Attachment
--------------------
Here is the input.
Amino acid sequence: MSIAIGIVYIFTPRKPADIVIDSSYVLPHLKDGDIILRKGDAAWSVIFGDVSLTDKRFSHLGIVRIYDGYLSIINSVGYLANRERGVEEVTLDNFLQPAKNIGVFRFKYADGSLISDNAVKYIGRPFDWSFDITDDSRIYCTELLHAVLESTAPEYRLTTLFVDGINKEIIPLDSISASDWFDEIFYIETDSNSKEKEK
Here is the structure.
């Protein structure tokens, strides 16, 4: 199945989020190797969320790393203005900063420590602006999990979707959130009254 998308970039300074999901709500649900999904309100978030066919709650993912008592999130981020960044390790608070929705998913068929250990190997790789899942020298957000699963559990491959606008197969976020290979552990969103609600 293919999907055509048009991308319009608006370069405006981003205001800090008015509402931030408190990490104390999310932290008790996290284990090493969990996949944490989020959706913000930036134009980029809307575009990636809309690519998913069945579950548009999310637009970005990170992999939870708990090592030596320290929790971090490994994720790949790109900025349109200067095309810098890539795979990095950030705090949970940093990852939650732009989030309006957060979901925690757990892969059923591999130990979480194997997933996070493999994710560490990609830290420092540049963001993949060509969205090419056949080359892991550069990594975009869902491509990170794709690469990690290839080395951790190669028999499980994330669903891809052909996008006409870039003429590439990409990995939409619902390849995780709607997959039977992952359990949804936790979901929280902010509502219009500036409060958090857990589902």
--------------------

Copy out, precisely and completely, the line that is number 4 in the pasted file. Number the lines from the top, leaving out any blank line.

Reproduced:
């Protein structure tokens, strides 16, 4: 199945989020190797969320790393203005900063420590602006999990979707959130009254 998308970039300074999901709500649900999904309100978030066919709650993912008592999130981020960044390790608070929705998913068929250990190997790789899942020298957000699963559990491959606008197969976020290979552990969103609600 293919999907055509048009991308319009608006370069405006981003205001800090008015509402931030408190990490104390999310932290008790996290284990090493969990996949944490989020959706913000930036134009980029809307575009990636809309690519998913069945579950548009999310637009970005990170992999939870708990090592030596320290929790971090490994994720790949790109900025349109200067095309810098890539795979990095950030705090949970940093990852939650732009989030309006957060979901925690757990892969059923591999130990979480194997997933996070493999994710560490990609830290420092540049963001993949060509969205090419056949080359892991550069990594975009869902491509990170794709690469990690290839080395951790190669028999499980994330669903891809052909996008006409870039003429590439990409990995939409619902390849995780709607997959039977992952359990949804936790979901929280902010509502219009500036409060958090857990589902």